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Visiting a leads group and the vetting process

by Administrator

A friend of mine told me an interesting story about one of her worst visits to a leads group. She had done the pre-screening process and this group looked to be a great possibility, so she visited. When she got there, the person who invited her told her where to sit. She wanted to network, but no one came up to her.  She felt a little out of place and thought members should be welcoming her.  Well, that did not happen, so she chatted with a couple people before the meeting.

During the meeting, guests got less time to introduce themselves as the regular members - it was some big invite a guest  day, so there were a lot of guests and time did not allow for them to introduce themselves like the regular members.  At the close of the meeting, the President said that all guests were to immediately meet behind the double doors in the back of the room.  She thought this was odd, but did as she was told.

When she entered the double doors, two members were there with clipboards that had applications and pens attached.  All the guests were already back there and had clipboards in hand.  She politely refused the clipboard and asked, "What is this for?"  One member said that it was the application form to join the group.  She said, "Well, I am not even sure I want to join this group.  Just as you say you want to vet me, I want to vet this group."  The member said, "Well then, what questions do you have?"  She said that she has lots of questions and before she would ever join a leads group, she would want to vet the members and do one-on-one meetings with those who were likely to be referral partners.  All the other guests listened on and agreed with her and handed their clipboards back to the membership recruiters.

If this happens to you, be very weary of this high pressure sales tactic.  When you do visit a leads group, here are some tips to help you vet the group:

1. Do not look at the members of the group as prospective clients; rather evaluate the quality of the members as prospective referral partners. Most leads groups will allow you to visit twice before asking you to join.  Visit the maximum you can.

2. While visiting you will want to determine the following:

  • What energy/spirit does the group have?  Is the group givers or takers?  You will want a group that is obvious givers (and you too need to have that mindset), has high energy and enthusiasm.
  • Do you feel a good connection with the group?  Did you feel comfortable?
  • Were you welcomed properly?  Did they greet you when you first arrived?  Were you introduced to others in the group before the meeting started?  How did they receive you?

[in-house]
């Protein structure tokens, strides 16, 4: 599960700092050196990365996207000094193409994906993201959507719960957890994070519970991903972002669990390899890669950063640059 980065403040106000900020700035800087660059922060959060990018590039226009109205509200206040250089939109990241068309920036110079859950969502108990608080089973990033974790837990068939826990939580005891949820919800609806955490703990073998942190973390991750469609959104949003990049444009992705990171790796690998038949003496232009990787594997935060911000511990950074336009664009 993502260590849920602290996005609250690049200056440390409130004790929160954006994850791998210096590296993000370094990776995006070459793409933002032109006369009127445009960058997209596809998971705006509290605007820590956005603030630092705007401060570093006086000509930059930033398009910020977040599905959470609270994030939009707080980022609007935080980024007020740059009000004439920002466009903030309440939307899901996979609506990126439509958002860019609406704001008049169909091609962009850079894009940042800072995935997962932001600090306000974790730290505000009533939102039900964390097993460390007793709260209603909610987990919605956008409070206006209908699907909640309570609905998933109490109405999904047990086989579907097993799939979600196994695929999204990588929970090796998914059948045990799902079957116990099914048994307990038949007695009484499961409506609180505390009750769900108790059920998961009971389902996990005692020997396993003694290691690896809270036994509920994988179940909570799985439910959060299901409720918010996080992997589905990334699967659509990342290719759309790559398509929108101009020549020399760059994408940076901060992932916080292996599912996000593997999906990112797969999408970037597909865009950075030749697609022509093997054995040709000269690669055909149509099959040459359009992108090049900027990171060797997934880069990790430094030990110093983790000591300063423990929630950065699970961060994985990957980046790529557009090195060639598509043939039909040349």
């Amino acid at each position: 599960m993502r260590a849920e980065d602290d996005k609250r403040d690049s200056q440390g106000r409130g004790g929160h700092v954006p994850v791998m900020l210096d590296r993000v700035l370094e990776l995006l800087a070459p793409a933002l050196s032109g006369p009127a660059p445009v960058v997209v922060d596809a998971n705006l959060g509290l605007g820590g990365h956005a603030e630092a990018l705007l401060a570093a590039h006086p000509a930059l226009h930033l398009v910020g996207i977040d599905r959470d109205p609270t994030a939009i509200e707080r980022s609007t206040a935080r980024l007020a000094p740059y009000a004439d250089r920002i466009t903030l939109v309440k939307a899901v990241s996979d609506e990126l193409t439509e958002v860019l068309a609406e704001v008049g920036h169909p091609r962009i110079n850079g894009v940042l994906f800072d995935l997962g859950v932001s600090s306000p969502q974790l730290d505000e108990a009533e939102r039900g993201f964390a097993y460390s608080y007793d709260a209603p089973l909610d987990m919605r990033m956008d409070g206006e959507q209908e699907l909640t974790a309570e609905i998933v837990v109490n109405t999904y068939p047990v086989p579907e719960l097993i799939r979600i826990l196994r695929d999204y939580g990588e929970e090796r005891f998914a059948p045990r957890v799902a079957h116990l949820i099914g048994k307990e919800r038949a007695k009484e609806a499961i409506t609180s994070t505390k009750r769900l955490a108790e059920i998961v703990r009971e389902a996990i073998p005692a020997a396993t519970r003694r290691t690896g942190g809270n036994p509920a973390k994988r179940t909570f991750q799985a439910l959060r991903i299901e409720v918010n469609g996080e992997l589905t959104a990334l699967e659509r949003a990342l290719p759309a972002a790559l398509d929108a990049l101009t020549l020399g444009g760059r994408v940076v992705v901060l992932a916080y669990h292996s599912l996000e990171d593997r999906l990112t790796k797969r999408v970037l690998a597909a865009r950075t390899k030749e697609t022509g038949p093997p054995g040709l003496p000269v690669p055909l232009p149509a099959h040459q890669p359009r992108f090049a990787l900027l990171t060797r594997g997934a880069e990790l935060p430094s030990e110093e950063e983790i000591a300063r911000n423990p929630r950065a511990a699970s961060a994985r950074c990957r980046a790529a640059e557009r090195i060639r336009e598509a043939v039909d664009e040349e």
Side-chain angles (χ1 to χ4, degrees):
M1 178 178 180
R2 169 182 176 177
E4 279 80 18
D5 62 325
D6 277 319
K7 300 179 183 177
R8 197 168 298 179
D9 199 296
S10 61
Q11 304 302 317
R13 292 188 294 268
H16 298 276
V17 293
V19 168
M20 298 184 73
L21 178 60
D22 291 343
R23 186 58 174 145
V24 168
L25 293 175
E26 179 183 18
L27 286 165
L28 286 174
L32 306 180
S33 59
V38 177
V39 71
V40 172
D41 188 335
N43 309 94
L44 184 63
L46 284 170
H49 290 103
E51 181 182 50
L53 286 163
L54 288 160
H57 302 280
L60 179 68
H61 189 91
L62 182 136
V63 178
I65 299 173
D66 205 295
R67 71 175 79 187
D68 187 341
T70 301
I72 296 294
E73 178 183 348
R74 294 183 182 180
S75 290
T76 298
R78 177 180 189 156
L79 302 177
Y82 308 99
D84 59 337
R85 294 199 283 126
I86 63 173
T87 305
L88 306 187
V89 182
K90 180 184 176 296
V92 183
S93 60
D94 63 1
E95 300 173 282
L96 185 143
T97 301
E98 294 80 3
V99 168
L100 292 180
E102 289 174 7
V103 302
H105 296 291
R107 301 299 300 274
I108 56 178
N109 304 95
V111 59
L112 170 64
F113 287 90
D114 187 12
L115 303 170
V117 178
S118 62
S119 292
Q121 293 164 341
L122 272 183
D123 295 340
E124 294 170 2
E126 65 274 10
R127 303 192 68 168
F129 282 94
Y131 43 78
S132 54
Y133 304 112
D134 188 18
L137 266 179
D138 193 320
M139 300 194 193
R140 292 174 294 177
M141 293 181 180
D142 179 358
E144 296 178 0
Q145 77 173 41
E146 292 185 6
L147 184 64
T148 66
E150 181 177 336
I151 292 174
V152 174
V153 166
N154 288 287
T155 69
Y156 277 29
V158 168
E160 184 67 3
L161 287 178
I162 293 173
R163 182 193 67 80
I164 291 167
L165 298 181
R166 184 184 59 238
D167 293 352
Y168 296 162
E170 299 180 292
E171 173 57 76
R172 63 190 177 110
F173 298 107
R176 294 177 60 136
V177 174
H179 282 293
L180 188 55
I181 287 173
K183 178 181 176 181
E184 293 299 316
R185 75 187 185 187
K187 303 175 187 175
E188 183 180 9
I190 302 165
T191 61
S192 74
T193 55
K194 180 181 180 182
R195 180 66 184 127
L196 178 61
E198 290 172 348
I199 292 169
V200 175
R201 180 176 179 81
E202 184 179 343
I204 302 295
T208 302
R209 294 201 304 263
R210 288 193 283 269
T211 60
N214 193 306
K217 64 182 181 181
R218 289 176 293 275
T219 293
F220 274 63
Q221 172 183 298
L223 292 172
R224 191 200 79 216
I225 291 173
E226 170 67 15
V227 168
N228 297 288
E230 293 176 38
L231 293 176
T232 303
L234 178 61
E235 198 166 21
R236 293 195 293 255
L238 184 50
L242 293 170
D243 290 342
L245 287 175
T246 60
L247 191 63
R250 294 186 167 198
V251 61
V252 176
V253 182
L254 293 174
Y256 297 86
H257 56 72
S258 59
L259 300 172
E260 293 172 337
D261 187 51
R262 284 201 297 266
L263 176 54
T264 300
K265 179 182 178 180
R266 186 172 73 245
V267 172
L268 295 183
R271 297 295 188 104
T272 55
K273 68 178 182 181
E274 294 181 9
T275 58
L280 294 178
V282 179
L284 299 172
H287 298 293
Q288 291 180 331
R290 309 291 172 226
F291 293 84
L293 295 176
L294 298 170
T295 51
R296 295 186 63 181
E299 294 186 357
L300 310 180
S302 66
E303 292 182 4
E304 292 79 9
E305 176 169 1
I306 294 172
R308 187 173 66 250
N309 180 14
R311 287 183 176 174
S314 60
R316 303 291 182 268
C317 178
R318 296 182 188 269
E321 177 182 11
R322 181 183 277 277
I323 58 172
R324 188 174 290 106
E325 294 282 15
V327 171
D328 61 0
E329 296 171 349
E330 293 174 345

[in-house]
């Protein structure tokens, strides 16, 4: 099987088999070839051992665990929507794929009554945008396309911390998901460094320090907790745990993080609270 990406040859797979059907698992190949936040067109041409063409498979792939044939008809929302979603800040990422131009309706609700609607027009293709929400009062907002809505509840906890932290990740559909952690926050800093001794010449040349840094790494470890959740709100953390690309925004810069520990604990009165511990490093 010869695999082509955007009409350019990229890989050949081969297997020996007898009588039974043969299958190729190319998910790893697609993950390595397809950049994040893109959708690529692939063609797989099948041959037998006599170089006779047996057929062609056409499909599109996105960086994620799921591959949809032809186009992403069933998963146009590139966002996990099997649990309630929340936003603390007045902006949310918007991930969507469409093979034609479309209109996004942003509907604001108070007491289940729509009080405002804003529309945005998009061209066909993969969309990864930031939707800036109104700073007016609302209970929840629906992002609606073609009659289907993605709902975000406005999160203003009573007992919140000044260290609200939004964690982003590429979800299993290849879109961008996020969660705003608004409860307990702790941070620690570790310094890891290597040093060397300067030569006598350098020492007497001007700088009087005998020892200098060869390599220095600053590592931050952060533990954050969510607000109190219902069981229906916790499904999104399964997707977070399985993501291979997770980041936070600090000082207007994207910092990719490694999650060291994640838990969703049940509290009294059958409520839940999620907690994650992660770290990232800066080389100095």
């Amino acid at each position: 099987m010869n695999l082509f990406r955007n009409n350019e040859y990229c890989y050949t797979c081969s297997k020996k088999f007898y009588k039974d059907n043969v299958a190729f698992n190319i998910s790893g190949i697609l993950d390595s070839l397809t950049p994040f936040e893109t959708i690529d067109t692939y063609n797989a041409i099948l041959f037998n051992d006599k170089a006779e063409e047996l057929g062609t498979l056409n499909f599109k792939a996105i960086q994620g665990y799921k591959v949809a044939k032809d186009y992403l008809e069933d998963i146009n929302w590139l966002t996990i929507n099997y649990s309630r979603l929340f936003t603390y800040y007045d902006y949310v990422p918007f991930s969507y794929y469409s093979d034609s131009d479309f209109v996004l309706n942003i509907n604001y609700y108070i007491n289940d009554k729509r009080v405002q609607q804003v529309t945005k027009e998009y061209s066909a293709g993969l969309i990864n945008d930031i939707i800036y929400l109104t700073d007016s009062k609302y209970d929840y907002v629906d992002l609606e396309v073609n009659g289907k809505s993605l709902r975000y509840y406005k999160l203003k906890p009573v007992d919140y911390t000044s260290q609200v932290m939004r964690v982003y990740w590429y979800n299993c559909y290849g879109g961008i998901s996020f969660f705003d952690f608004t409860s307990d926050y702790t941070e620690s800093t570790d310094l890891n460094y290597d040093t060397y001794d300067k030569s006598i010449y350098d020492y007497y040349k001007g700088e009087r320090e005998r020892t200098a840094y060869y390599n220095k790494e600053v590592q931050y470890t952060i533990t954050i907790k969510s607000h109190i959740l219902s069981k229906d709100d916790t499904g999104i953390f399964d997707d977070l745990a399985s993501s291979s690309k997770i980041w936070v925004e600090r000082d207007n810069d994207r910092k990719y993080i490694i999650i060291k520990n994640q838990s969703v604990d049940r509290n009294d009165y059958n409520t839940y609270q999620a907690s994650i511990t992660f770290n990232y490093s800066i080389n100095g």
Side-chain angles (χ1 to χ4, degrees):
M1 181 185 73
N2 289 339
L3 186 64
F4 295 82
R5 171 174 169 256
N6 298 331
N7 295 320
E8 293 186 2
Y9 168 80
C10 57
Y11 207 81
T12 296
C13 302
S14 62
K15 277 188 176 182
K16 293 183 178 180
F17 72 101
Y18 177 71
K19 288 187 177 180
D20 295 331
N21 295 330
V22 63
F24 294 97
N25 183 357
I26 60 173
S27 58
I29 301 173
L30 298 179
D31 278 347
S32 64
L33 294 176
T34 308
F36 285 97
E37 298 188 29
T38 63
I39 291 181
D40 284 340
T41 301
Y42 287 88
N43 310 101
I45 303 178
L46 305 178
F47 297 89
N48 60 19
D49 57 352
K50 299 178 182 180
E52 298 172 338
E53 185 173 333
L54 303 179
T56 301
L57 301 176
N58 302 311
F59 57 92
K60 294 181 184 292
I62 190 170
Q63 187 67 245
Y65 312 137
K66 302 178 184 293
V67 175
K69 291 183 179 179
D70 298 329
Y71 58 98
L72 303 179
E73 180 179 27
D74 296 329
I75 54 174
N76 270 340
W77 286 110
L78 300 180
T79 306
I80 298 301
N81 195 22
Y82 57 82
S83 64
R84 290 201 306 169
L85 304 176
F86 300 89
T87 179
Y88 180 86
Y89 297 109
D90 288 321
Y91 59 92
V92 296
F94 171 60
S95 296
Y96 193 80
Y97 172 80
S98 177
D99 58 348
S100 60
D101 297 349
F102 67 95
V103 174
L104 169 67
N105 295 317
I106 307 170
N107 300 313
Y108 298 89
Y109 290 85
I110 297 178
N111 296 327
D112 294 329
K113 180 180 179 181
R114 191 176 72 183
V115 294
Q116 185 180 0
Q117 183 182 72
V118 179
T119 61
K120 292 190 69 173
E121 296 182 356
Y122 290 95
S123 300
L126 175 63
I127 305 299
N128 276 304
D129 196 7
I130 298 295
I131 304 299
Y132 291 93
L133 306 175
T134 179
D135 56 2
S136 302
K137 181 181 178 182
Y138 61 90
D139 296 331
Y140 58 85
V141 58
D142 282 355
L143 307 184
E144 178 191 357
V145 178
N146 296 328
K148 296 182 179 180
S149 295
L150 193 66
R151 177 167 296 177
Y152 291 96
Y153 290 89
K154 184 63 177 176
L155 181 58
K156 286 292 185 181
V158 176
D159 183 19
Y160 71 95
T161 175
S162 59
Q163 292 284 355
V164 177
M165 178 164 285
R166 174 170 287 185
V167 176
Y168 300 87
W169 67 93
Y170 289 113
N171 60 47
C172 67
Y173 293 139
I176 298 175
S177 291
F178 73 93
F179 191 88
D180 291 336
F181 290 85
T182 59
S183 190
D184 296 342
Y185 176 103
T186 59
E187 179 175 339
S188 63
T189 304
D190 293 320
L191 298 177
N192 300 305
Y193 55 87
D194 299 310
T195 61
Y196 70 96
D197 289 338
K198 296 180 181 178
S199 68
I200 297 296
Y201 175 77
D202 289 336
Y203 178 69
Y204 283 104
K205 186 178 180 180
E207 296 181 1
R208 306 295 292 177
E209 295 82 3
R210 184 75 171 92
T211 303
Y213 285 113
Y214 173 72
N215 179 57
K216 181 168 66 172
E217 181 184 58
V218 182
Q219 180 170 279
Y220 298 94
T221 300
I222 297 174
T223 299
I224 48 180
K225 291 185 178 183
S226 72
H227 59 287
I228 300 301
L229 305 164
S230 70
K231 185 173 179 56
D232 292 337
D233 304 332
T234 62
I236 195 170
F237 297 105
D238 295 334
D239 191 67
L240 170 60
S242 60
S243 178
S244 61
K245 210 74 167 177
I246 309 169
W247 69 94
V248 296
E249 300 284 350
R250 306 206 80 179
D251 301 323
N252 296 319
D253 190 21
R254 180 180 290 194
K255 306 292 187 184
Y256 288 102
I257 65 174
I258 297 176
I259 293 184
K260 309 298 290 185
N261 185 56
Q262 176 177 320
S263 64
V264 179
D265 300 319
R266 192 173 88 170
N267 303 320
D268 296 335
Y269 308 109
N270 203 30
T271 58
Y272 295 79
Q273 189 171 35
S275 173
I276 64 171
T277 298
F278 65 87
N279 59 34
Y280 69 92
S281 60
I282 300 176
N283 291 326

• Was there good leadership among the Board members in the group?
  • How was the meeting run?  Was it well-managed or a free-for-all?  Were the member's time respected and the meeting end at the proper time specified?
  • Do they stress quantity or quality of leads?  Beware of any group stressing quantity.  Chances are the quality of those leads will be low.

3. During the two week period you are visiting a leads group, concurrently ask to have one-on-one meetings with members of the group, especially those who may be good referral/power partners.  Get a good feel for their receptiveness to you joining the group.  Are the members professional, offering a quality product or service that you would be willing to refer to, and stake your reputation on?

Once you have followed this screening process, you have done your due diligence and can make a decision.  Do not be hasty in choosing one.  If it does not feel right, it probably is not right.  Keep seeking

I remember one of the leads groups my friend pre-screened already had her business category filled, but in her pre-screening process over the phone she knew it was a great group.  She stayed in touch with the group and continued to look for other groups.  Eventually, the business that was in my friend's business category was asked to leave and she was invited as a guest.  She ended up joining this group.  Patience is a key factor to finding the right group.

As with any networking event you are considering, be professional. Making a good first impression is important.  One way to make a good first impression as a professional and successful business is to have embroidered or screen printed apparel with your company logo and/or a professional name badge.  If you need ideas on corporate apparel or name badges, contact Zamar Screen Printing.

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